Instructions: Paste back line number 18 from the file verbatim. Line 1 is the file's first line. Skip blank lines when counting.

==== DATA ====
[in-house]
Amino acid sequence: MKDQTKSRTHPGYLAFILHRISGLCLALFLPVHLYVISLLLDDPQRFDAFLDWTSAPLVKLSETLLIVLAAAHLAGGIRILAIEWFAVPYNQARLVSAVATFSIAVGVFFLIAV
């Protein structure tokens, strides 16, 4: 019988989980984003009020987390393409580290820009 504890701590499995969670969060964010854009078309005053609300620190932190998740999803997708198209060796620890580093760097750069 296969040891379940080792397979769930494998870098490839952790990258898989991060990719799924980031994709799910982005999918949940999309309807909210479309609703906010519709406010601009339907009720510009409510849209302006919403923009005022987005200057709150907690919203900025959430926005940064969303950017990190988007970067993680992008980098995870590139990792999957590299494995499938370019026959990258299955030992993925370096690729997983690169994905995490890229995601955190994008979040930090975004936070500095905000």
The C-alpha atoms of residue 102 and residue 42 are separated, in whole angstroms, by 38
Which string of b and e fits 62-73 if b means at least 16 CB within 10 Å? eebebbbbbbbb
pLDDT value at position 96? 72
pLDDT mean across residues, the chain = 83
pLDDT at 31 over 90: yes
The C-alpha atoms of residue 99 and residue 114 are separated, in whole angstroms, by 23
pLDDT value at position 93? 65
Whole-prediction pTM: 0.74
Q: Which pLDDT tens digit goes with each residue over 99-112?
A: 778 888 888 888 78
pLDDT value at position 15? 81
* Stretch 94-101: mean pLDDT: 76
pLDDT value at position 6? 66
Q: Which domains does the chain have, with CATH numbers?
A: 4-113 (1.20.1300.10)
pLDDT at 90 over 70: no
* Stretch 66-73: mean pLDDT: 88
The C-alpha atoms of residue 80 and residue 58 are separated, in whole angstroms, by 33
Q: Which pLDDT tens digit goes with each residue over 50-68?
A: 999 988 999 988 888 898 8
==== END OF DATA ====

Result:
A: 4-113 (1.20.1300.10)